So, how to get dosed up on the information you need to make smart choices? "Read labels and ingredient lists and do your research. Mushroom products are very popular in sheet mask form now, but these need to be used frequently to see results," he adds.
HOW MUCH ACID IS TOO MUCH ACID?// For oily skin or skin that’s used to acids, you can probably use Exfoliating Acid Potion daily. For sensitive or drier skin, start twice a week or mix with your moisturizer. Gradually increase from there. Skin should feel smooth, and your color unchanged, and when you put on other products there is no irritation. If your skin starts to feel agitated (redness, stinging, tightness), dial it back. #moonjuice @sephora
A post shared by MOON JUICE (@moonjuice) on Nov 30, 2018 at 9:58am PST
What sort of skin is most likely to benefit?
As ever, it's important to make sure that you buy skincare that's formulated with your specific skin type and needs in mind. "All skin types should benefit from ingredients with antioxidant properties, however mushroom-based products are generally marketed for dry, ageing, inflamed, impaired skin," says says aesthetic doctor Dr David Jack.
So, is mushroom-y skincare worth it?
When it comes to medicinal mushroom-based skincare, it's important to keep a level head and not to immediately believe everything that the back of a nicely designed box is telling you. "There are very few robust clinical trials showing the benefits of chaga, resihi and cordyceps in skincare," Dr Mahto explains.
"These agents are claimed to have anti-inflammatory, antioxidant, and 'healing properties' in alternative medicine spheres – not just for skin but also for a number of other organ systems. These types of mushrooms contain beta-glucans, which are deemed to provide 'skin benefits.' "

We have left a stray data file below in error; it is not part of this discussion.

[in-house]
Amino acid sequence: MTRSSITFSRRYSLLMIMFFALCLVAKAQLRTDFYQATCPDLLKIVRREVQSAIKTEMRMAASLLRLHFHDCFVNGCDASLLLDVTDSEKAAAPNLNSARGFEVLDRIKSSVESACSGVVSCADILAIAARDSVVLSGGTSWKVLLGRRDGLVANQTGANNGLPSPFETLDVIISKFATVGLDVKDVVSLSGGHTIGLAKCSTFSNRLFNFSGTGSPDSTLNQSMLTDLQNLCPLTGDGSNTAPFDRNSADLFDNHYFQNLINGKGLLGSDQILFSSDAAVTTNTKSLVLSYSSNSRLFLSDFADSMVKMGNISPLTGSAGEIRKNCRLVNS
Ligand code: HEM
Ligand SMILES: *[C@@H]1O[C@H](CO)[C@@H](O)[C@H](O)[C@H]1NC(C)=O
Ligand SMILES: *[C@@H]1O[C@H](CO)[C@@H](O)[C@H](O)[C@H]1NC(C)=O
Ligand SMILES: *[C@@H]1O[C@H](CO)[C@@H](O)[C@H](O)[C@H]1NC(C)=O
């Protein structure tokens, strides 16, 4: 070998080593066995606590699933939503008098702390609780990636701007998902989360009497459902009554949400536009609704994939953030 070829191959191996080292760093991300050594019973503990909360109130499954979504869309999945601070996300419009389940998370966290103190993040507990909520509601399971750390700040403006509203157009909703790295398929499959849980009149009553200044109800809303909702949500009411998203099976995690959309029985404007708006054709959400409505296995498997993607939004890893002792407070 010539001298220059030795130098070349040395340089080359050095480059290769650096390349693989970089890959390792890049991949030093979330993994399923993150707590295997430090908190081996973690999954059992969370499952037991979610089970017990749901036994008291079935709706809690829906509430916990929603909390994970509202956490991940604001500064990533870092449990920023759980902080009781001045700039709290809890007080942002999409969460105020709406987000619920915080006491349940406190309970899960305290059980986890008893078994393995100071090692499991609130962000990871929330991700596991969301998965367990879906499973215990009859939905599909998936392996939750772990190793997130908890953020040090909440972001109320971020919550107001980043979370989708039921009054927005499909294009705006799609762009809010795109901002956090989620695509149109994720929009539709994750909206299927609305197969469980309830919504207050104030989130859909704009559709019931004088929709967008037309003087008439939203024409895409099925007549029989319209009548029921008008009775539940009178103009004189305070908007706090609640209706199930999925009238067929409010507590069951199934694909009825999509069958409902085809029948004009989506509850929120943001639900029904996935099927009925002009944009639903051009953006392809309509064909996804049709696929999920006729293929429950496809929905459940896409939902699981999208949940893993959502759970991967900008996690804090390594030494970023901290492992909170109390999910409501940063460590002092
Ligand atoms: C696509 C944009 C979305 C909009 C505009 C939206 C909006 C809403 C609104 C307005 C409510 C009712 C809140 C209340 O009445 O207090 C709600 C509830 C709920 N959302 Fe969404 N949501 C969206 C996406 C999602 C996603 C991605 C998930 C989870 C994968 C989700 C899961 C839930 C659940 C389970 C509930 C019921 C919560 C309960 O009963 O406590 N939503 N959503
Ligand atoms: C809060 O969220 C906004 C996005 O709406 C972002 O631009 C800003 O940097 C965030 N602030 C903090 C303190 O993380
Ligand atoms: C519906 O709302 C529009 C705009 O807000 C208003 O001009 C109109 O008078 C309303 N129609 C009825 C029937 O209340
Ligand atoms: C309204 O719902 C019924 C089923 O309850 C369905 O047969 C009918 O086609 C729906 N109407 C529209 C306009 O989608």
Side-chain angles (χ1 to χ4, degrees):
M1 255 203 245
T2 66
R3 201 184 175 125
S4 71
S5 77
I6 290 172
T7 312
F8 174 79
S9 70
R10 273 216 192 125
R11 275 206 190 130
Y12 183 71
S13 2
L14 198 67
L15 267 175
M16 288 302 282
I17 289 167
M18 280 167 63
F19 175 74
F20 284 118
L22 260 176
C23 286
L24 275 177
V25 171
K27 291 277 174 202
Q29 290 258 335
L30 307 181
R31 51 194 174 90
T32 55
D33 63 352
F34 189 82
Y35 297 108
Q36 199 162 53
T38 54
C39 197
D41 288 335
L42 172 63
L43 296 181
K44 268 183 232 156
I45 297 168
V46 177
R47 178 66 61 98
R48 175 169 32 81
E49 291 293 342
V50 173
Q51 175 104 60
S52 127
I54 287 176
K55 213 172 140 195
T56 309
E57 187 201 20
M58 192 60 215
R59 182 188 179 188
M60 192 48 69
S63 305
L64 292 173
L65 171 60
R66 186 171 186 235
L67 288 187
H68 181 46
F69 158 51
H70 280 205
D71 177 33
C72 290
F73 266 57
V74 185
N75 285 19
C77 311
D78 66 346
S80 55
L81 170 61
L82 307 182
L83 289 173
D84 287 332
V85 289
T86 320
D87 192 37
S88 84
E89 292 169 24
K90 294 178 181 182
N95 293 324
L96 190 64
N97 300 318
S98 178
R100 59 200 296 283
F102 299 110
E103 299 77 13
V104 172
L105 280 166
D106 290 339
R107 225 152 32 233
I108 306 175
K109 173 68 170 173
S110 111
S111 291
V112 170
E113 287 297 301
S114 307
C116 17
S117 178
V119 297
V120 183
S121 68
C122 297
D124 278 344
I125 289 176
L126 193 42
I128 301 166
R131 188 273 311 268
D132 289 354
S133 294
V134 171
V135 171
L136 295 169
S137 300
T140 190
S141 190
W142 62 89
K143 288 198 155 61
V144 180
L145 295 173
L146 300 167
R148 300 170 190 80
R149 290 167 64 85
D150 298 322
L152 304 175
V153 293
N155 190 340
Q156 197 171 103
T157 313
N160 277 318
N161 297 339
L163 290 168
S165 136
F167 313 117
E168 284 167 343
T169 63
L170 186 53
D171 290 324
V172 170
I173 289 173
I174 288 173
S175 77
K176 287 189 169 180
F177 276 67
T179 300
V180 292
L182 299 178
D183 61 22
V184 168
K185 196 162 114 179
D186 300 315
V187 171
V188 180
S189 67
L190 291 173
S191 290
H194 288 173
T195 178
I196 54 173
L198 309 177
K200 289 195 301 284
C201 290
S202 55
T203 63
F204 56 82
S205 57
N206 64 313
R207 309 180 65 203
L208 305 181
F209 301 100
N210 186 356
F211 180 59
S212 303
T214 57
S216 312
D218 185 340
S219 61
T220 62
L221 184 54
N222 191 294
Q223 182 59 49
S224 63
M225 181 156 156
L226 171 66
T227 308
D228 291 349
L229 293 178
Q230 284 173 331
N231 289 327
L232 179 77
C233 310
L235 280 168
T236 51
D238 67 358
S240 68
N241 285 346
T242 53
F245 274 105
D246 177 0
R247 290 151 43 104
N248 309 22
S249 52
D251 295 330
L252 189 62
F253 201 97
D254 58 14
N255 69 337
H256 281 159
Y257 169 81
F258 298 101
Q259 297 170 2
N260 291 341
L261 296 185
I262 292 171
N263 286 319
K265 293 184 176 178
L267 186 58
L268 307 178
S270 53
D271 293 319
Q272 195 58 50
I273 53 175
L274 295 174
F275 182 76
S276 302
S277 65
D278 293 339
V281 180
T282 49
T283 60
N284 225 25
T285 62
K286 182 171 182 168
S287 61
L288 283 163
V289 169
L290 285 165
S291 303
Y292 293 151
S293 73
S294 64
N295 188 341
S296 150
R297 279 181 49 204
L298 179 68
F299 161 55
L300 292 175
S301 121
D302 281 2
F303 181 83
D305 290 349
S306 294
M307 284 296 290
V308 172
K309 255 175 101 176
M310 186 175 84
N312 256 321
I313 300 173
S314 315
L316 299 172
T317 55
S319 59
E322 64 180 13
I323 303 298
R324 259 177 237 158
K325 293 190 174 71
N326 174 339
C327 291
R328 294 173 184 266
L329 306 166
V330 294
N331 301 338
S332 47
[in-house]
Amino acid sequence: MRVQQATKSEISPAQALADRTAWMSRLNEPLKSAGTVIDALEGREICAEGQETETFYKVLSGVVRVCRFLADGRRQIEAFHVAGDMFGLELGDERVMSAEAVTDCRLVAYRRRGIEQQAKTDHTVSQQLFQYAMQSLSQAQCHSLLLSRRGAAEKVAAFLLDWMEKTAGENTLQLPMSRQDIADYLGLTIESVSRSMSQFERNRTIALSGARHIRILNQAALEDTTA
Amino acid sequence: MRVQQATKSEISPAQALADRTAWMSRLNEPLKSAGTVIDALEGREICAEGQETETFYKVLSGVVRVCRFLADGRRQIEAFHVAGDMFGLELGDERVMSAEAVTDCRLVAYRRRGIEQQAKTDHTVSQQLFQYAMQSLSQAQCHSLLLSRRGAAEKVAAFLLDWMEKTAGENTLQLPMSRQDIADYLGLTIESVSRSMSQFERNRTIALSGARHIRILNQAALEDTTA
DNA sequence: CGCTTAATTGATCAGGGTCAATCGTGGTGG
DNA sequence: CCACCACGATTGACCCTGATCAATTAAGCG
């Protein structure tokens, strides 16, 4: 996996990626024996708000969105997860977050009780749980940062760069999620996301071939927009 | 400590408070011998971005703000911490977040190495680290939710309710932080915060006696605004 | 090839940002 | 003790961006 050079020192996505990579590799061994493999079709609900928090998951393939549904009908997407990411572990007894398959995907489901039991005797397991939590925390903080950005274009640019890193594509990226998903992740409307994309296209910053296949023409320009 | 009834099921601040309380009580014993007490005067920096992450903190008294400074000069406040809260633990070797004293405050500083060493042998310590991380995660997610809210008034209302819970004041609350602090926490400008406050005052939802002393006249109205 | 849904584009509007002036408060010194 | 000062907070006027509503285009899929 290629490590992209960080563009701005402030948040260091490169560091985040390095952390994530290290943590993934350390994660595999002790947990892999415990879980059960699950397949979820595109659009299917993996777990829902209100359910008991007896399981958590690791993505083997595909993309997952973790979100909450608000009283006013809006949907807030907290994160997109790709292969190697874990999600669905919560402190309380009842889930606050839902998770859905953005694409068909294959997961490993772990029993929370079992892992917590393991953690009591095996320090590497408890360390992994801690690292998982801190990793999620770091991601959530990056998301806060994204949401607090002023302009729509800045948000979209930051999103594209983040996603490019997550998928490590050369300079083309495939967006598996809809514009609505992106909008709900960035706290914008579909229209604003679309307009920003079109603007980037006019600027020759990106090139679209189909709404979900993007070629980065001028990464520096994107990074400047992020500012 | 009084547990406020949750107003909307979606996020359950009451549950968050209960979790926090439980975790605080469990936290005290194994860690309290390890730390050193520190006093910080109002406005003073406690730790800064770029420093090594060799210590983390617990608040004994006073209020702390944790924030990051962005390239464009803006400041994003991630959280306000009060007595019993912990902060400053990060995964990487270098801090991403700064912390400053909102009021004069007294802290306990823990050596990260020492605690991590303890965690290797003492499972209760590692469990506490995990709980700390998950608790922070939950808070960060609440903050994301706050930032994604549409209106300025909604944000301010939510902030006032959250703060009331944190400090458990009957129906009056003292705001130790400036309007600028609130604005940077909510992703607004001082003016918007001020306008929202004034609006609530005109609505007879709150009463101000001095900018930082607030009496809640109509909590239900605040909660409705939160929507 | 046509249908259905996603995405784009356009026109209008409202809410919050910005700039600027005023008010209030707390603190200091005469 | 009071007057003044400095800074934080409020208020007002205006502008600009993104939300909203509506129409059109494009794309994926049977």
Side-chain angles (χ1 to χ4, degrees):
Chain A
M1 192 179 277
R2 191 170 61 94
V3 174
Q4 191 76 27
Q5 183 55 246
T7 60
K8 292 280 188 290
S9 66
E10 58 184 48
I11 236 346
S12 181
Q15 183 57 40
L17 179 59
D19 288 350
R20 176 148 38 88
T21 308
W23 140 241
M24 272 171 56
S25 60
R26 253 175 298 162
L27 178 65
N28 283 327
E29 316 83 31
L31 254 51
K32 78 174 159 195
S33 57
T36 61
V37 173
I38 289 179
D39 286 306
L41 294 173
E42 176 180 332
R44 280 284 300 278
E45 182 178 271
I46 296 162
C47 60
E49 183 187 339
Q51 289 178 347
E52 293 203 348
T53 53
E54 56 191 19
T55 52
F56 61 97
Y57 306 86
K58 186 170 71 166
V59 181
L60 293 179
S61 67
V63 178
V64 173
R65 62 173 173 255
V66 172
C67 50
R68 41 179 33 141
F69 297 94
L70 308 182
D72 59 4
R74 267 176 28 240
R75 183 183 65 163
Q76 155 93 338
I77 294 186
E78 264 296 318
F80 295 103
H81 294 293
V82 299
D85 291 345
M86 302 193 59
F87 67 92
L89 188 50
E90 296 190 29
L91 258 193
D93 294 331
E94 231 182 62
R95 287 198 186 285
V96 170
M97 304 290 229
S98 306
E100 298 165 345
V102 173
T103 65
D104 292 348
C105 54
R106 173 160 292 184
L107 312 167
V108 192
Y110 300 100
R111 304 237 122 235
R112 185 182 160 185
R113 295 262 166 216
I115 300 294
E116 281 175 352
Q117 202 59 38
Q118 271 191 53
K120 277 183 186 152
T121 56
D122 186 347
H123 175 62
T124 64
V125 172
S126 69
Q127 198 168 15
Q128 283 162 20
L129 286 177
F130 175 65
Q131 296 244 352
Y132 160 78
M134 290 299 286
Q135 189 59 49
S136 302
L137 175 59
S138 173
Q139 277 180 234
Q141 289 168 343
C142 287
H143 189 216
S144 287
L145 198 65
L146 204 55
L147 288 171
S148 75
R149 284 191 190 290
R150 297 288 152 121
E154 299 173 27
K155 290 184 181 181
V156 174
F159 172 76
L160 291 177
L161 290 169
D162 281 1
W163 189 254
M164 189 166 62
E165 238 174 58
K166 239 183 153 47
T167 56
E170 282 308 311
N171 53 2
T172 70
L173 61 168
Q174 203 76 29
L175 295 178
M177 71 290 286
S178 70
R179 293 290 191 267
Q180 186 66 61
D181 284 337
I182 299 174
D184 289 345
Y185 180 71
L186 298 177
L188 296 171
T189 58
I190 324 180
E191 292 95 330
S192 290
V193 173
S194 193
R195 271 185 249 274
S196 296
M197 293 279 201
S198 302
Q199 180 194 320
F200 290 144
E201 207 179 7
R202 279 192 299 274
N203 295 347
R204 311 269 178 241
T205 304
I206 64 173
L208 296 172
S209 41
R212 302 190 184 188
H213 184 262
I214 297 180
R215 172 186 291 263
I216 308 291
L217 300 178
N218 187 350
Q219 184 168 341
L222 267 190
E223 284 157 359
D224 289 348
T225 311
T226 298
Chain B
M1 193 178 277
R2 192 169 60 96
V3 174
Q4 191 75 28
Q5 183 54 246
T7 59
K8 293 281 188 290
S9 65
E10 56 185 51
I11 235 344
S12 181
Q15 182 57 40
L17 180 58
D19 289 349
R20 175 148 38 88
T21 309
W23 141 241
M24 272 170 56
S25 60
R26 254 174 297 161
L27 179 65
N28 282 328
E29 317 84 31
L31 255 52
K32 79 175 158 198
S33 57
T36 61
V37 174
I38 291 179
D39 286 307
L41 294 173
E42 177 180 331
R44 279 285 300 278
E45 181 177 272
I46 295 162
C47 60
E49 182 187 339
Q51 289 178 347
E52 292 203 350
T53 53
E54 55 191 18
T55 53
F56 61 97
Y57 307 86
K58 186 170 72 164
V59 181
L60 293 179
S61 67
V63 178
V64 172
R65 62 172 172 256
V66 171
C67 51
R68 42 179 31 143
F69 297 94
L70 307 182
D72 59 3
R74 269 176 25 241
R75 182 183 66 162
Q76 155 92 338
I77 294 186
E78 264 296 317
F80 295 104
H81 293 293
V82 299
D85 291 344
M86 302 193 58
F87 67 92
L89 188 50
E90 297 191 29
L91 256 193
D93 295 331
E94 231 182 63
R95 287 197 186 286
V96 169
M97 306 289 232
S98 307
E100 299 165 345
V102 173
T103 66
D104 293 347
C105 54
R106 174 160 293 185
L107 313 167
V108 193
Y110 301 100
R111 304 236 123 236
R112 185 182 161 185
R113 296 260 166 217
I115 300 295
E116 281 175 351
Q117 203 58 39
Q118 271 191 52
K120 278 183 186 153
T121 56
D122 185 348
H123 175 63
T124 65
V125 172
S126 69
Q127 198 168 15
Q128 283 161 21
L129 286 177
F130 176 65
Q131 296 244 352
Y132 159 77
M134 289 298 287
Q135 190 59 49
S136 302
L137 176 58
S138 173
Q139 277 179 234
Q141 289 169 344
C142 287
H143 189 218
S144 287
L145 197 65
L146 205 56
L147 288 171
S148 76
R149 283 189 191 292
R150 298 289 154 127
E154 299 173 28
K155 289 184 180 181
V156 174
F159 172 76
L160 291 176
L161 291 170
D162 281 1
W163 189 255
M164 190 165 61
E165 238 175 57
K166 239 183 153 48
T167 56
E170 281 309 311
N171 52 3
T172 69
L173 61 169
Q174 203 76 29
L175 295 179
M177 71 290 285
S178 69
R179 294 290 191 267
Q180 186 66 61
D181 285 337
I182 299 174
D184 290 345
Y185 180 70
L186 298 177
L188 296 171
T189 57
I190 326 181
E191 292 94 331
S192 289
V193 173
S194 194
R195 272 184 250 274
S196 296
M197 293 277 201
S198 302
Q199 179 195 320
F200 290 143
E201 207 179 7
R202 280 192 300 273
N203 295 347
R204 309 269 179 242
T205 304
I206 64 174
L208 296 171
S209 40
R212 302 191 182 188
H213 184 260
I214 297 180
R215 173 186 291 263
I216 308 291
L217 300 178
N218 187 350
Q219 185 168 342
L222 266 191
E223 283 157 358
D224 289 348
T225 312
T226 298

She recommends that you stay cautious, with regards to such claims. "Many of the small studies which exist on beta glucans have been carried on animal models, so findings can’t necessarily be extrapolated to humans," she says – noting that often research in this space is carried out on behalf of the company making the product.
Her TL,DR thought? "We need to watch this space and ideally need more reliable, reproducible data on beta-glucans and their role in the immune system and effects on skin before we should get too excited. They may well prove to be of benefit – but it is still a bit too early to tell."
When it comes to percentages – i.e. how much mushroom a product should ideally contain in order for any benefits to truly be delivered – it's tricky. "Many mushroom supplement and powder brands claim 500mg is optimum for change and improvement, but this figure is subjective and unsubstantiated," says Dr Jack.
A post shared by Origins UK (@originsuk) on Jun 25, 2018 at 1:34am PDT
"Most brands don’t specify which fungus or derivative refers to, how long this takes to make a difference, and what difference we are actually looking for." If you are set to make a purchase, he advises asking the company how much of the active ingredient is in the product and how much of said active ingredient is thought to work. (Side note: the first ingredient in the list is the one with the greatest volume in the product and the last has the least.)
Right. So, where are we with our fungus-based friends? In short: do your homework, read labels and make inquiries before you buy. Think about your specific skincare needs and check that the product in question is designed to meet them. And don't assume that, because it's in vogue, means that it's the most effective thing out there.
Having said that, it looks like there are plenty of potentially cool things about medicinal mushrooms when it comes to the beauty world. But, as with all purchases, keep your cynicism kindled, before you hand over your card details.